"To continue this type of solid growth, certain attributes will be the keys: We need more energy security. We need the right tax and regulatory policies for investment and jobs. We need to strengthen education to make this country more competitive. And finally, we need to be able to make sure that highly skilled workers - and their jobs - remain here," said Allen.
I agree with you there - we need to come up with a way to decouple health insurance from jobs. It would eliminate a lot of age discrimination.
ding! ding! ding! we have a winnah! Of course you also have to add the fact that H1-B's work for 20-30% less than natives, and don't talk back or threaten to leave if they get treated like dirt.
I have a PhD in Electrical Engineering and I know firsthand that the H1-B program is a FRAUD.
Pass it on.....
If you know of a suspected employer of illegal aliens report them here.
ALSO can Report Illegals
second that, what about our american highly skilled college graduates who can't get jobs. He lost my vote for sure now and no more money to these pandering gop'ers
What type of VISAS will be given to all of the illegal aliens?
"what about our american highly skilled college graduates who can't get jobs."
Americans can't get free housing, health care, food, energy, etc while working and would thus require higher pay as well as health care insurance.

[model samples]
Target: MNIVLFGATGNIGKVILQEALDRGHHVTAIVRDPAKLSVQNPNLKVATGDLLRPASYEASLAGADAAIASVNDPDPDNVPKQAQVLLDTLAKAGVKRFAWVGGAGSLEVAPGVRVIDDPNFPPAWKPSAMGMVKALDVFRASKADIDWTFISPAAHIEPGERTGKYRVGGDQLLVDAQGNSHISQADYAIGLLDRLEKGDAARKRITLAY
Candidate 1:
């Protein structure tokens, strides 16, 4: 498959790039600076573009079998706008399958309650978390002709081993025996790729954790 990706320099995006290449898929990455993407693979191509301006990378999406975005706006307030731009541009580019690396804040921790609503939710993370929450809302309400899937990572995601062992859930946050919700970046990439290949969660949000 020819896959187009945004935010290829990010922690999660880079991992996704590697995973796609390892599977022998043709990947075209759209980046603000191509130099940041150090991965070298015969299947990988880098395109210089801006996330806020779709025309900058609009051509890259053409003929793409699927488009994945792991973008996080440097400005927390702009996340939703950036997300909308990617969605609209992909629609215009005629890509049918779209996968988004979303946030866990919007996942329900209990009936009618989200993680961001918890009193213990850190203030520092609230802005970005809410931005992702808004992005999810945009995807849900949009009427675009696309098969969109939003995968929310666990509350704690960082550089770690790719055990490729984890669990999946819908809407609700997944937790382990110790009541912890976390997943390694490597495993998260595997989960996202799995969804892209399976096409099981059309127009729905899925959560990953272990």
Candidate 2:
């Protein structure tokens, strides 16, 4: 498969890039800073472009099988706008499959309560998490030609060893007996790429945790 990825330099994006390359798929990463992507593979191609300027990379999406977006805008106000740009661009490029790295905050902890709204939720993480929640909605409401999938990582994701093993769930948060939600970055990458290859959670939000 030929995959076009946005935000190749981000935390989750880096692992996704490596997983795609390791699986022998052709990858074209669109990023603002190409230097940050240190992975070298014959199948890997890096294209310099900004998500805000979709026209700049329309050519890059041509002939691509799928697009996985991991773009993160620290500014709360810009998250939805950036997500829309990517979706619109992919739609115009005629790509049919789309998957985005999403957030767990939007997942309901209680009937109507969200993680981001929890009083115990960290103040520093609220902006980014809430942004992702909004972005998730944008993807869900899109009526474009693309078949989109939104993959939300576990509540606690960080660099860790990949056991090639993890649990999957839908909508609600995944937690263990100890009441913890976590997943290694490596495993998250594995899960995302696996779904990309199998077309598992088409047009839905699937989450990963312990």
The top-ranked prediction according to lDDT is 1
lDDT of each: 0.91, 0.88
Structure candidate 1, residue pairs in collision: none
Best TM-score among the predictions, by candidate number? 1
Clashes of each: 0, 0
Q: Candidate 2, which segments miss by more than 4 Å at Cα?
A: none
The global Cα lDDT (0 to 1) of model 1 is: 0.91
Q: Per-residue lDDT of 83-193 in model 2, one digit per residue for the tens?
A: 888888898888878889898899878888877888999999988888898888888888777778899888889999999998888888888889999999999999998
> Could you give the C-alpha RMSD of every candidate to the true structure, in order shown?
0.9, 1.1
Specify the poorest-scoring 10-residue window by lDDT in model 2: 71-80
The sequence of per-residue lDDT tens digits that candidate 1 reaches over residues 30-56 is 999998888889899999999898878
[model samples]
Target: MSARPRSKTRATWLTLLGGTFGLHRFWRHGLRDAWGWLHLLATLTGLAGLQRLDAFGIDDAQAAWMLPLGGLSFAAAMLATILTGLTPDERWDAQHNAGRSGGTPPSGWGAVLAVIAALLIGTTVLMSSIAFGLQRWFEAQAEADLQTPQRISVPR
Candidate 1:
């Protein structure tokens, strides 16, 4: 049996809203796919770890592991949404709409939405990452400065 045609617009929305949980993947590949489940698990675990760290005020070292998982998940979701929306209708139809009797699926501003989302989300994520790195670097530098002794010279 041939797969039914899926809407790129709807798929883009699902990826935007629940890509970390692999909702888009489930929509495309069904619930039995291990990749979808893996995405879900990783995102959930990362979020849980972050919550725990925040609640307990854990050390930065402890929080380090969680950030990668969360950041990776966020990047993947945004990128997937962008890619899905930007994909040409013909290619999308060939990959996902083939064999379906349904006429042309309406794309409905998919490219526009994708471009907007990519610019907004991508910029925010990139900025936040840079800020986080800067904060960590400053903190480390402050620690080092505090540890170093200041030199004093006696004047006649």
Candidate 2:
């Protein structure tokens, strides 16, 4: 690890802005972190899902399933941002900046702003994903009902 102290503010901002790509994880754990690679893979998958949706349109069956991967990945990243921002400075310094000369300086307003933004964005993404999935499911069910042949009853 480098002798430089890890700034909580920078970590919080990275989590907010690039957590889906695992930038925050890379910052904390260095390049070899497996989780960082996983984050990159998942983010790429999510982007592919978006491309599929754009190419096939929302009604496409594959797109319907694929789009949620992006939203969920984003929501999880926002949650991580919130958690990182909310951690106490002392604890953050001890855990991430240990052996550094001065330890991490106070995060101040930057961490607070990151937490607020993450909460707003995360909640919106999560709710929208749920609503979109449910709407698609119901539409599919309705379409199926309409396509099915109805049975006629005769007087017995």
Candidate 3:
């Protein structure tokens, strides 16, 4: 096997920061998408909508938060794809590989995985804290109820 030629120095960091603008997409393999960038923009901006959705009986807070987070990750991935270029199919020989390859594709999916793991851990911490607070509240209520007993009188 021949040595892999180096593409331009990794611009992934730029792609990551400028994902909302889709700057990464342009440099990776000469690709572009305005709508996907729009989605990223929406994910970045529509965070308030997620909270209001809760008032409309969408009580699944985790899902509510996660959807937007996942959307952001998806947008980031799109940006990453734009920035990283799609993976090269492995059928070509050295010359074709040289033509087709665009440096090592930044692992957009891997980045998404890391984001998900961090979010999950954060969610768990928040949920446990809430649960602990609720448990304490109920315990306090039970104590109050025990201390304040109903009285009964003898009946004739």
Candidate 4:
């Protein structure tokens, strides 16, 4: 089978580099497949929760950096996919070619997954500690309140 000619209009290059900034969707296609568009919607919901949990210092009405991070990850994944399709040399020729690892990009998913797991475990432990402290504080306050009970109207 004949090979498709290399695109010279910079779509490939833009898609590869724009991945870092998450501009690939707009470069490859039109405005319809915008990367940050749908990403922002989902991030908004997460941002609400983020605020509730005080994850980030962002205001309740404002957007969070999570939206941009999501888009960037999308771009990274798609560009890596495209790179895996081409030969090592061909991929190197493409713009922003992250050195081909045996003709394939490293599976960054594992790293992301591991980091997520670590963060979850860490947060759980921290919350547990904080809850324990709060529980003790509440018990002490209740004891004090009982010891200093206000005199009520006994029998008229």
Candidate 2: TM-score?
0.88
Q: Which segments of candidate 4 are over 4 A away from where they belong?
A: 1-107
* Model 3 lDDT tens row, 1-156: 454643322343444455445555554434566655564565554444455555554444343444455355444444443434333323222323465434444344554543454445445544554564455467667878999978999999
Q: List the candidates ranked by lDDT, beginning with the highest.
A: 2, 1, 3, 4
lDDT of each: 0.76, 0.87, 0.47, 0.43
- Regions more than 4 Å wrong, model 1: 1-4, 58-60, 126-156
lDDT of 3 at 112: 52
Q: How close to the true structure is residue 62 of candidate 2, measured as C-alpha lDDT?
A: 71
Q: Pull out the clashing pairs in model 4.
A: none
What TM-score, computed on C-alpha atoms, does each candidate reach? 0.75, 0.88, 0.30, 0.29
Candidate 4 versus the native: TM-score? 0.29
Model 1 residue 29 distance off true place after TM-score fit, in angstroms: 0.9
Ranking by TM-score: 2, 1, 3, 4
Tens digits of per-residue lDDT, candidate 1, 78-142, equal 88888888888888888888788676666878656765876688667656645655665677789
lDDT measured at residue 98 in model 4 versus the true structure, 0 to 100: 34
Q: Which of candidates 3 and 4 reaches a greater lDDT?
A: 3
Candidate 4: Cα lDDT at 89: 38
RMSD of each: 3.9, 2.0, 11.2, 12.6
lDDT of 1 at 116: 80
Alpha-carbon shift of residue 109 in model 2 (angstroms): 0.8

This is a load of BULLcrap. Those accredited degrees can be transferred over from foreign universities with a few tricks.
I didn't help the Republicrats get elected so they could slit my econmic throat.
I seem to remember something happening about the time that the average american colonist realized they had no representation in their monarchy. I wonder what that was.
I want to expand the H1B program and I want to change it.
We get the skills of higher educated workers with the H1B program, but those workers are slaves. They are bound, by the terms of the H1B visa to working only for the employer that sponsored the H1B visa, unless that employer will voluntarily release them from that requirement and let them find another H1B visa sponsor.
However, releasing them can only release them to another sponsor for a renewal of their H1B visa. Unless and until they get an H1B visa sponsor who will help them get a permanent resident visa - green card - and be relieved from the obligation to work only for that employer, they are like bonded servants.
I had a friend who was an H1B visa holder, working for one of the major accounting firms, providing services (IT management consulting) in which the firm was billing (me) six or seven times the hourly rate they were paying him; while his citizen peers in the company were being paid at least half of their billing rate - because they could go work somewhere else if they wanted.